abstract = "Many prostate lesions have 'large gland' morphology with gland size similar to or larger than benign glands, complex glandular architecture including papillary, cribriform, and solid, and significant cytological atypia in glandular epithelium with nucleomegaly, prominent nucleoli, or anisonucleosis. The most common and clinically important lesions with 'large gland' morphology include high-grade prostatic intraepithelial neoplasia (HGPIN), PIN-like carcinoma, ductal adenocarcinoma, and intraductal carcinoma. These lesions have diverse clinical significance and management implications. HGPIN refers to proliferation of glandular epithelium that displays severe cytological atypia within the confines of prostatic ducts and acini. A HGPIN diagnosis in biopsies connotes ~25{\%} risk of detection of cancer in repeat biopsies. It has been accepted as the main precursor lesion to invasive carcinoma. PIN-like carcinoma is a variant of acinar carcinoma that is morphologically reminiscent of HGPIN and is composed of large cancer glands lined with pseudostratified epithelium. Its clinical outcome is similar to that of usual acinar carcinomas and is graded as Gleason score 3+3=6. Ductal adenocarcinoma comprises large glands lined with tall columnar and pseudostratified epithelium. It is more aggressive than acinar carcinomas and is associated with higher stage disease and greater risk of PSA recurrence and mortality. Intraductal carcinoma is an intraglandular/ductal neoplastic proliferation of glandular epithelial cells that results in marked expansion of glandular architecture and nuclear atypia that often exceeds that in invasive carcinomas. In majority of cases, it is thought to represent retrograde extension of invasive carcinoma into pre-existing ducts and acini. Rarely it may represent a peculiar form of carcinoma with predilection for intraductal location. It is considered an adverse pathological feature and is seen almost always in high-grade and volume carcinoma and harbingers worse clinical outcomes. This article reviews 'new' information on the clinical and pathological features of HGPIN, PIN-like carcinoma, ductal carcinoma, and intraductal carcinoma, and focuses morphological features that aid the differential diagnosis.",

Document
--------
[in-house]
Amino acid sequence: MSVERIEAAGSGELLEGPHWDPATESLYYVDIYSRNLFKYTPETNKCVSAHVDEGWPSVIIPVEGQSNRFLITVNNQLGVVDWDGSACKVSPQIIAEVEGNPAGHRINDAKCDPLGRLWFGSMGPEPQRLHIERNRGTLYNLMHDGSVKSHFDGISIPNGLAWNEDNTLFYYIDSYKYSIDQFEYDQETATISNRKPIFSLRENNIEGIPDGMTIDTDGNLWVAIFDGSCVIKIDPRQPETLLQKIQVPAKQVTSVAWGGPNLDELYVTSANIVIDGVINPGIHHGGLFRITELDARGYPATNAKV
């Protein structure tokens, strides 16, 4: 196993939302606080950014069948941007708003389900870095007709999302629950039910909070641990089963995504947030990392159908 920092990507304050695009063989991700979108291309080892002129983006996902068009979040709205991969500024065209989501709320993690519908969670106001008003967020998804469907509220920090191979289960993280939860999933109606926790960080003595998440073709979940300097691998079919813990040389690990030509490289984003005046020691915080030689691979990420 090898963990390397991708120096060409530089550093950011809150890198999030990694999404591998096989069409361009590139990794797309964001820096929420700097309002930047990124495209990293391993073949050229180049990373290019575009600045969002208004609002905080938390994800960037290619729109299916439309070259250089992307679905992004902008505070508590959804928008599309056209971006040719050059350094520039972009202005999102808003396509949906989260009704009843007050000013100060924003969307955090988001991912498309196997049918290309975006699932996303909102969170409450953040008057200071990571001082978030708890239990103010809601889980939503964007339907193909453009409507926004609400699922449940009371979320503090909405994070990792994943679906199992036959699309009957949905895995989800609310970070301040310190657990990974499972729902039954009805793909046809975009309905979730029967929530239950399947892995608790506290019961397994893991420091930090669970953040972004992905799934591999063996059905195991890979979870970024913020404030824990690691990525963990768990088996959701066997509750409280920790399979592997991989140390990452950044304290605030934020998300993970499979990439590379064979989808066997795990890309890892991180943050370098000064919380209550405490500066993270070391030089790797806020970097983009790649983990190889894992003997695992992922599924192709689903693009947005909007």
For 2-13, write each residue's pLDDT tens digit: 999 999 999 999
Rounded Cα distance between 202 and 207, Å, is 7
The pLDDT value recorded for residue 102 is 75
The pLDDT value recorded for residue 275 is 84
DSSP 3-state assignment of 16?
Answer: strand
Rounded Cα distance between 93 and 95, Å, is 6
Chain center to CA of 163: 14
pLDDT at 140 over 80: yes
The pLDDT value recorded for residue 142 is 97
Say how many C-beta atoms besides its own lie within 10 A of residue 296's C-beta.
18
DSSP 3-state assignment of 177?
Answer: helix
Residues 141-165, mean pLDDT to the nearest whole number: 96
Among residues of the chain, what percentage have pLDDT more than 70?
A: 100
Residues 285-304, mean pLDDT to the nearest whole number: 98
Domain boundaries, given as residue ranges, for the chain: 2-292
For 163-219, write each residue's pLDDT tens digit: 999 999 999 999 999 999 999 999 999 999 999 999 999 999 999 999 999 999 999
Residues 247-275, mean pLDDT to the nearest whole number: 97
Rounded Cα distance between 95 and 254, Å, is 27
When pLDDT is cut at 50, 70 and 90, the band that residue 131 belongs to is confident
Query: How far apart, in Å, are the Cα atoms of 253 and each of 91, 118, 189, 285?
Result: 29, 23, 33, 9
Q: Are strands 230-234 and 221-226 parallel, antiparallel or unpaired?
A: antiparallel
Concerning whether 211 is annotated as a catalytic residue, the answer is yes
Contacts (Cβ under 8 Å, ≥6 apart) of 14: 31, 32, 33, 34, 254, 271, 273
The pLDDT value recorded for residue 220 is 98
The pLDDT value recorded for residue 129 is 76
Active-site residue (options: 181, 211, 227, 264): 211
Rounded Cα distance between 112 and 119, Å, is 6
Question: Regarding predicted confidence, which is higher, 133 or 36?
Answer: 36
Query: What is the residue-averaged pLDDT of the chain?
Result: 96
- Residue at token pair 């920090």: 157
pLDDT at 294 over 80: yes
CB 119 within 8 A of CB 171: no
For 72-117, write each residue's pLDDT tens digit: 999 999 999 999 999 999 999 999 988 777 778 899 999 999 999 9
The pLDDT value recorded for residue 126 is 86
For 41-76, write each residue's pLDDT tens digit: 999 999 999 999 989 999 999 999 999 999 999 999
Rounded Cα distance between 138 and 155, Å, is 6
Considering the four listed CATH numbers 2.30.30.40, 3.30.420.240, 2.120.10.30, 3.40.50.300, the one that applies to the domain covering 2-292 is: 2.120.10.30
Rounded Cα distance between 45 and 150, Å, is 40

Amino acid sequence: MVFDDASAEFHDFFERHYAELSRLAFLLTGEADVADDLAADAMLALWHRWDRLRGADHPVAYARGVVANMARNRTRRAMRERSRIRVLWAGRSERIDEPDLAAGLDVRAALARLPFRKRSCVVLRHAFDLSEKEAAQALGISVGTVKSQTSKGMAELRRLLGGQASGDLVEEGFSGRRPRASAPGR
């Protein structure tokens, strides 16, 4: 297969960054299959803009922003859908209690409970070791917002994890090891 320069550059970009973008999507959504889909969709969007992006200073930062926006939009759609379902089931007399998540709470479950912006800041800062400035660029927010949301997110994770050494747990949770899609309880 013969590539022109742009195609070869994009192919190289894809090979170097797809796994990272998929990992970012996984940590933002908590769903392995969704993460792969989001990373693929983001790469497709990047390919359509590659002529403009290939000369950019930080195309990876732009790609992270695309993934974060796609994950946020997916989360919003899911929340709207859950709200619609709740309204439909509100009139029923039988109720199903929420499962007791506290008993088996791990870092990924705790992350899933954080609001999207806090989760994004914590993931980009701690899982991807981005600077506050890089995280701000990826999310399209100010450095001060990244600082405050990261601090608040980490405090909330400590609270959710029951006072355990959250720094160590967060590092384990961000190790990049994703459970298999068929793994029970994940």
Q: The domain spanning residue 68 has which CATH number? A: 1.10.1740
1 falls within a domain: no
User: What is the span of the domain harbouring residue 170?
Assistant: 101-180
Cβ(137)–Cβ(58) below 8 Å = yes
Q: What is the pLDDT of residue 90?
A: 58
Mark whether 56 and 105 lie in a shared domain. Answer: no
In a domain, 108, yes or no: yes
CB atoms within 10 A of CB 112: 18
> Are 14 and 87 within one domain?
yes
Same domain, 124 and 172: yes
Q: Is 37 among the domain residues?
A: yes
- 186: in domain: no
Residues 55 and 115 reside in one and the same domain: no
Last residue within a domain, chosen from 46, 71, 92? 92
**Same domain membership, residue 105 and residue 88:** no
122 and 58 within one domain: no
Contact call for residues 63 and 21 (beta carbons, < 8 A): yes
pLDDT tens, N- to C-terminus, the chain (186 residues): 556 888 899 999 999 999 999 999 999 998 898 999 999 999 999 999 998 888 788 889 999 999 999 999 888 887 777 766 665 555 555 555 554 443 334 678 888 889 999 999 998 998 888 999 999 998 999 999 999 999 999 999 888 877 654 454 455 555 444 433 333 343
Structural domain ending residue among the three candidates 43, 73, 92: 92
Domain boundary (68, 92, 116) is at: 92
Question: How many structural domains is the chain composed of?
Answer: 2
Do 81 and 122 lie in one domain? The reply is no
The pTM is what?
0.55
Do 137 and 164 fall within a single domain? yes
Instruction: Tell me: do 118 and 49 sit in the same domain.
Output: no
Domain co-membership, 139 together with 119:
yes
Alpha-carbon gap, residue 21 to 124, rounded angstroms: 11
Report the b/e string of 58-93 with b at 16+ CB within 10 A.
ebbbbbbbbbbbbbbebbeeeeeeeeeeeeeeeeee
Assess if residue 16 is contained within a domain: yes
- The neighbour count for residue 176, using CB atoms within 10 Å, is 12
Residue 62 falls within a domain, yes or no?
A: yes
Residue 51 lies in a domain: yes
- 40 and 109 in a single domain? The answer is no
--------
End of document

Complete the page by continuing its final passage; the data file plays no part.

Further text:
author = "Ming Zhou",
year = "2018",
month = "1",
day = "1",
doi = "10.1038/modpathol.2017.138",
language = "English (US)",
volume = "31",
pages = "S71--S79",
journal = "Modern pathology : an official journal of the United States and Canadian Academy of Pathology, Inc",
issn = "0893-3952",
publisher = "Nature Publishing Group",
number = "S1",

}

TY - JOUR

T1 - High-grade prostatic intraepithelial neoplasia, PIN-like carcinoma, ductal carcinoma, and intraductal carcinoma of the prostate

AU - Zhou, Ming

PY - 2018/1/1

Y1 - 2018/1/1